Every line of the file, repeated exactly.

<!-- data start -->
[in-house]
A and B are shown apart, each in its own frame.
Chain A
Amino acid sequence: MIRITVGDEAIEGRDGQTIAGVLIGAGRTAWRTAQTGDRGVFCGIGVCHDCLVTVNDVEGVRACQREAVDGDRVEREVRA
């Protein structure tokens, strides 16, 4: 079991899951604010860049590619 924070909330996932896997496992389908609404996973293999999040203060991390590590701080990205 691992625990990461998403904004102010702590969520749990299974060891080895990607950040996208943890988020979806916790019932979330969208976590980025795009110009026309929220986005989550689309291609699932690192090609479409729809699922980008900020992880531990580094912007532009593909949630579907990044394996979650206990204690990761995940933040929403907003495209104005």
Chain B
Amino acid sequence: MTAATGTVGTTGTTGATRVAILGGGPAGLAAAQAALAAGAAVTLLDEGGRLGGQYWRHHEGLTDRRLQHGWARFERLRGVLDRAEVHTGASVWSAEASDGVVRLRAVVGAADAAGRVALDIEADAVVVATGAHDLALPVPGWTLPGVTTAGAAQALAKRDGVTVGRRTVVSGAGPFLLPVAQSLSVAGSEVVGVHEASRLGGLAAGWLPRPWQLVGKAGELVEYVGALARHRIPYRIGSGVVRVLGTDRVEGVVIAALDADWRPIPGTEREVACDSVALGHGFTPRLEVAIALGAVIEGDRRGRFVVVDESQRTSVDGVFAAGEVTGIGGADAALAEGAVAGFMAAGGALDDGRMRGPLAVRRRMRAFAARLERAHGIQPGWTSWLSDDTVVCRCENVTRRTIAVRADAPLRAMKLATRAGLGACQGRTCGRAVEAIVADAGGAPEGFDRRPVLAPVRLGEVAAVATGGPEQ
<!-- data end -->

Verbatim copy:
[in-house]
A and B are shown apart, each in its own frame.
Chain A
Amino acid sequence: MIRITVGDEAIEGRDGQTIAGVLIGAGRTAWRTAQTGDRGVFCGIGVCHDCLVTVNDVEGVRACQREAVDGDRVEREVRA
């Protein structure tokens, strides 16, 4: 079991899951604010860049590619 924070909330996932896997496992389908609404996973293999999040203060991390590590701080990205 691992625990990461998403904004102010702590969520749990299974060891080895990607950040996208943890988020979806916790019932979330969208976590980025795009110009026309929220986005989550689309291609699932690192090609479409729809699922980008900020992880531990580094912007532009593909949630579907990044394996979650206990204690990761995940933040929403907003495209104005």
Chain B
Amino acid sequence: MTAATGTVGTTGTTGATRVAILGGGPAGLAAAQAALAAGAAVTLLDEGGRLGGQYWRHHEGLTDRRLQHGWARFERLRGVLDRAEVHTGASVWSAEASDGVVRLRAVVGAADAAGRVALDIEADAVVVATGAHDLALPVPGWTLPGVTTAGAAQALAKRDGVTVGRRTVVSGAGPFLLPVAQSLSVAGSEVVGVHEASRLGGLAAGWLPRPWQLVGKAGELVEYVGALARHRIPYRIGSGVVRVLGTDRVEGVVIAALDADWRPIPGTEREVACDSVALGHGFTPRLEVAIALGAVIEGDRRGRFVVVDESQRTSVDGVFAAGEVTGIGGADAALAEGAVAGFMAAGGALDDGRMRGPLAVRRRMRAFAARLERAHGIQPGWTSWLSDDTVVCRCENVTRRTIAVRADAPLRAMKLATRAGLGACQGRTCGRAVEAIVADAGGAPEGFDRRPVLAPVRLGEVAAVATGGPEQ